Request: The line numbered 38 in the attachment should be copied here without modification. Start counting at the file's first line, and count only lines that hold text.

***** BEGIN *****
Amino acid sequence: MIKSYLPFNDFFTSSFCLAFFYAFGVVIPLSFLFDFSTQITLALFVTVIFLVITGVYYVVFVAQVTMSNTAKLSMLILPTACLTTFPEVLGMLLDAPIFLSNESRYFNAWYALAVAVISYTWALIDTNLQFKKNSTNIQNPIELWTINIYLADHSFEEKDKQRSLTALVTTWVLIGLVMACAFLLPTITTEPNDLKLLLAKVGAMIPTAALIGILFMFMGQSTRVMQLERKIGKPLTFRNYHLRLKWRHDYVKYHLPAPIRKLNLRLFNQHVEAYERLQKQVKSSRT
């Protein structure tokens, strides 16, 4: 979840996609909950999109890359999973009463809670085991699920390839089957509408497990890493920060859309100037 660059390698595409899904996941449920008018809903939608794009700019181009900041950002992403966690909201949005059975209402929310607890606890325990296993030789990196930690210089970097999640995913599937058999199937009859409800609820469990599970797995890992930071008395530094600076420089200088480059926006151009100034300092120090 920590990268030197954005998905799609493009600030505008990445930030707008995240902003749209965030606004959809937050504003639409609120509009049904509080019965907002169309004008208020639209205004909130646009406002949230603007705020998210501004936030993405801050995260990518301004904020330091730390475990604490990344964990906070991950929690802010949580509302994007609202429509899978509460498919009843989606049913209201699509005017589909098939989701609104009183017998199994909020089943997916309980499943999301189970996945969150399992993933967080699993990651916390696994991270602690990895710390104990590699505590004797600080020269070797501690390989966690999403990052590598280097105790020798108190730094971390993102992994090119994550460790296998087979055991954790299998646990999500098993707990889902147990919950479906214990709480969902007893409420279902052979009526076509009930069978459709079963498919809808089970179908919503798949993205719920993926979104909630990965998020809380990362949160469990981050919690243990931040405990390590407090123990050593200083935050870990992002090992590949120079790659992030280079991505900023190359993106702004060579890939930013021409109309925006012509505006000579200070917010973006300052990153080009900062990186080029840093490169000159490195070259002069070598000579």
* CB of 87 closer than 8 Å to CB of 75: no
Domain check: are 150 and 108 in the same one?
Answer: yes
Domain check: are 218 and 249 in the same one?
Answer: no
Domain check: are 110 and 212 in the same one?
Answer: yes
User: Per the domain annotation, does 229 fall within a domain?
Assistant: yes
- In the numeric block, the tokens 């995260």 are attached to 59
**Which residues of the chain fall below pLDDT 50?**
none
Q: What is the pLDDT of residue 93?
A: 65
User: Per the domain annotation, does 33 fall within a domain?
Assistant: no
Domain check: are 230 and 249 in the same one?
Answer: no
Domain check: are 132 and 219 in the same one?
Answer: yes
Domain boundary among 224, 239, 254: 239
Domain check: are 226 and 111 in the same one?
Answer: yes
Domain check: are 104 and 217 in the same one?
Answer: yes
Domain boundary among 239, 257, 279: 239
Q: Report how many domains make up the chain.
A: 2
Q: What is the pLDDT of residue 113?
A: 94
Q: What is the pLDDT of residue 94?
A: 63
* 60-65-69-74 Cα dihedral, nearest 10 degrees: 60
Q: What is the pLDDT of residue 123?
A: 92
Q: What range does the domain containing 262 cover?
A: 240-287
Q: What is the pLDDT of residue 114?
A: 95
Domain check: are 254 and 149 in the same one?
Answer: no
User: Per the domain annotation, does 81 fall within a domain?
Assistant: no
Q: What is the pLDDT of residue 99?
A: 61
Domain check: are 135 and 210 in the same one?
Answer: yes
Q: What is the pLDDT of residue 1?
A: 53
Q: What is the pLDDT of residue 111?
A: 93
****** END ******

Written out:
Q: What range does the domain containing 262 cover?